“Another critical claim is that we have seen a dramatic increase in the number of new ISDS cases, from around ten cases a year in 2000 to more than fifty in 2013. While this sounds alarming, we must see it in the context of a significant increase in global investment flows. The growing number of cases between 2000 and 2014 is directly caused by an increase of global investment stocks in the same period from 7 trillion USD to 25 USD.”
Schaake refers to the wrong numbers. Most of these investment stocks are not covered by ISDS. More adequate numbers would have been: investment stocks covered by ISDS. In addition, contrary to what Schaake writes (“directly caused”), there is no causality, as an alternative explanation is possible: the increase in the number of new ISDS cases is caused by expansive interpretation of investment protection clauses by for-profit arbitrators.
Moreover, the argument backfires. TTIP would expand covered investment stocks by far more than all existing treaties combined. (page 29)
Presently 1% of US foreign direct investment stock in the EU is covered by ISDS; this led to nine ISDS cases. Coverage of 100% of US foreign direct investment stock in the EU may lead to hundreds of cases against the EU and EU countries. Multinationals will also be able to use the agreements with Canada, Singapore or other countries, if concluded.
Contrary to what Schaake writes, the numbers are alarming.
“Many of these investments went to developing countries where there are often more concerns about the rule of law.
World stocks investment inward 1980 – 2014
There are still other problems surrounding ISDS procedures. The language used in the ISDS clauses is unclear, so that companies can bring governments before courts for a broad range of issues. Furthermore, the arbitrators are not always independent as they often work on other cases and work for both companies and governments. The procedures take place behind closed doors and documents are rarely accessible. These are valid concerns that we have been addressing in the European Parliament, and that are shared by the European Commission.
To make the needed improvements, the Commission has proposed innovations to ISDS, which would increase transparency, limit the issues which companies can sue for, protect the right and space of governments to regulate and looks to guarantee the independence of arbitrators. (click here for a link to the Commission’s proposals)”
Last summer over 110 scientists published a Statement of Concern about Planned Provisions on Investment Protection and Investor-State Dispute Settlement (ISDS) in the Transatlantic Trade and Investment Partnership (TTIP). The statement shows the commission failed to solve a long list of issues.
“Are there any supporters of ISDS? Maybe… To make sure all voices are heard, the Commission froze the negotiations on ISDS in TTIP to hear from people. And 160.000 responded. We want to know as soon as possible what these consultations say about what stakeholders think about this new ISDS. In any case it shows people know and care about EU politics.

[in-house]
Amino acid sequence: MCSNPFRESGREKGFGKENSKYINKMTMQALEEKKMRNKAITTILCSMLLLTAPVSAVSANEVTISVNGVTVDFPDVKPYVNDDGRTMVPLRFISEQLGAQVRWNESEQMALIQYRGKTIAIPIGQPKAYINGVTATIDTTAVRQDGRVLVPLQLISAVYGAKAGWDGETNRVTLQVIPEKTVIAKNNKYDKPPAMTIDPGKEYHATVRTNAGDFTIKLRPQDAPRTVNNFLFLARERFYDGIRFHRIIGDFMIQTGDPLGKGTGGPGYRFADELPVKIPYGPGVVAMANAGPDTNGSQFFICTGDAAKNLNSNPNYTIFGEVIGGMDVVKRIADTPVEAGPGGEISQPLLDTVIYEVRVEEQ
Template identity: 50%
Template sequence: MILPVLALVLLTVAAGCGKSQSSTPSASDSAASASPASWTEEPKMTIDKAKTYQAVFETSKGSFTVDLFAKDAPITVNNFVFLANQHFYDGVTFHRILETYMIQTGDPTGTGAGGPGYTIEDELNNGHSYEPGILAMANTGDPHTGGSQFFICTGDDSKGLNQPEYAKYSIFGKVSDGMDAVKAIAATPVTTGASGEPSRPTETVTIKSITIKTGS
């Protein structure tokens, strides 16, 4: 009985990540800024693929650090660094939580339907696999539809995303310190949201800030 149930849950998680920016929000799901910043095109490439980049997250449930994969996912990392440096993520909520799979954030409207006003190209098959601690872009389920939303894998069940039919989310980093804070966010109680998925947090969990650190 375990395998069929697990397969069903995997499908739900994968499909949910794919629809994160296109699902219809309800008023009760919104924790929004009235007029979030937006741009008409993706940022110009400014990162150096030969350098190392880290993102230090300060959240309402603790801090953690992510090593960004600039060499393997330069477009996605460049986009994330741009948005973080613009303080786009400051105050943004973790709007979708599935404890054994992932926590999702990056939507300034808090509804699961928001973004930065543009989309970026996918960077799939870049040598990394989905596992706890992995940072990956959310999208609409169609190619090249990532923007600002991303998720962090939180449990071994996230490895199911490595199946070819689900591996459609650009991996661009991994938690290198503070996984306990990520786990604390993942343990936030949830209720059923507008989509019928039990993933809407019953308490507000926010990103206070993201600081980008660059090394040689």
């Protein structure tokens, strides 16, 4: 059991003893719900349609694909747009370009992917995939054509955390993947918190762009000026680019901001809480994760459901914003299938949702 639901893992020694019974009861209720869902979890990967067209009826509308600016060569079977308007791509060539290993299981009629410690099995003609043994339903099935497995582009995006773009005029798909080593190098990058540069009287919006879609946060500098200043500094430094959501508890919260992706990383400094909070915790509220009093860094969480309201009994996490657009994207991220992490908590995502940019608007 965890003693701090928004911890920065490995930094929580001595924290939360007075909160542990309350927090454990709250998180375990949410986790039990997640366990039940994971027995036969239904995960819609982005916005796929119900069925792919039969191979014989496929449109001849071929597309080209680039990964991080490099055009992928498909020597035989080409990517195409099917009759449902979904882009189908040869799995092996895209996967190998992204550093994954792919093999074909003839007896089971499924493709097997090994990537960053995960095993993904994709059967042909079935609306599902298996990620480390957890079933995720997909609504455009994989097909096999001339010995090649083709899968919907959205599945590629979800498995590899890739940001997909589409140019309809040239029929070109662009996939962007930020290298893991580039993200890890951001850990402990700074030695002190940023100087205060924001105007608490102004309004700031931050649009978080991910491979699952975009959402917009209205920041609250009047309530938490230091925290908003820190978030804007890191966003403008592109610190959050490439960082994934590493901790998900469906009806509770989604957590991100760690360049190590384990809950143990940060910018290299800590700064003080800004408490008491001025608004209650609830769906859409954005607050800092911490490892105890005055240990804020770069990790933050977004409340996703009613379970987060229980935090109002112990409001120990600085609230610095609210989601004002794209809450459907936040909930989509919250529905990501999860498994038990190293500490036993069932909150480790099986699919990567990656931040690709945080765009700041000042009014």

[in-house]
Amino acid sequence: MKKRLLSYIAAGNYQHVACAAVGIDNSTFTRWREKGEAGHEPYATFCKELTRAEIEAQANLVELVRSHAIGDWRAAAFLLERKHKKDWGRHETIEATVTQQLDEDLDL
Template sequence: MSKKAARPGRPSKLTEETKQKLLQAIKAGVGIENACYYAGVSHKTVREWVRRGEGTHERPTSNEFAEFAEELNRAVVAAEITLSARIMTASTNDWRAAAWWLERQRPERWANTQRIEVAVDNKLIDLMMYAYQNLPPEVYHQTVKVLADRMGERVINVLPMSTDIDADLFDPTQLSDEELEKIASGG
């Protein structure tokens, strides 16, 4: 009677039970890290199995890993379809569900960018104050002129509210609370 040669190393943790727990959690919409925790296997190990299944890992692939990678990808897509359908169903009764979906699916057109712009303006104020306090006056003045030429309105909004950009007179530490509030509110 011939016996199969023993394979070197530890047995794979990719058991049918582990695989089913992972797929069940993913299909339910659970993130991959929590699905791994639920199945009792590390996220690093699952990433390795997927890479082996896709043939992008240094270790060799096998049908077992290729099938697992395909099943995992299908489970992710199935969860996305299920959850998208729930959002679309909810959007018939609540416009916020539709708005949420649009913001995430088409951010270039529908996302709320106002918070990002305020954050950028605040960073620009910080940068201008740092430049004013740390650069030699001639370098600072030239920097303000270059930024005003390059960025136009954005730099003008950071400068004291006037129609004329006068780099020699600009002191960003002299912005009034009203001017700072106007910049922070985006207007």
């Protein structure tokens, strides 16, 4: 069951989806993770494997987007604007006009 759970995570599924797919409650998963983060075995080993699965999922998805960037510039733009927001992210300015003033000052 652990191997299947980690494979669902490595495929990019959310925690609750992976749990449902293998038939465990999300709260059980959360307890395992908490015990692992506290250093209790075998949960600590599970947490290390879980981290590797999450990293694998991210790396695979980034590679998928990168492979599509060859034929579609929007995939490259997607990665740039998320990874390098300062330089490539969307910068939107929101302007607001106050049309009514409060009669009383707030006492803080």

After all the discussion on ISDS, one may wonder, ‘are there no alternatives to ISDS?’. As a matter of fact, two alternatives have been suggested, but both are not without problems.
The first is state-to-state dispute settlement. States would then take the case of a company upon themselves, and address it before a tribunal. This creates a problem for small and medium size enterprises, which may not have the resources to convince their government that their case is worthy of attention. A second problem is that the cases might well be influenced by inter-state relations and other global events.
The second alternative is a permanent ISDS tribunal, much in the way the WTO also has a permanent tribunal for dispute settlement. This is definitely a good option, but it will probably not be put in place very soon. Therefore, while the idea is good, it will not solve the current debate.”
Local courts and insurance are two more alternatives. Both exist.
“That leaves the question, ‘why do we need this system between the EU and the US?’ Surely, the EU and the US have highly predictable and well-functioning legal systems that do not need separate rules to protect companies? Yet, businesses in both the EU and the US do not always agree. European companies question whether they would get the same treatment in Texas as a Texan company would, or the same trial in New York as their American competitor. American companies on the other hand wonder whether they would get the same treatment as local companies would in for example Italy or Romania. These are not easy questions, but we should not shy away from them.”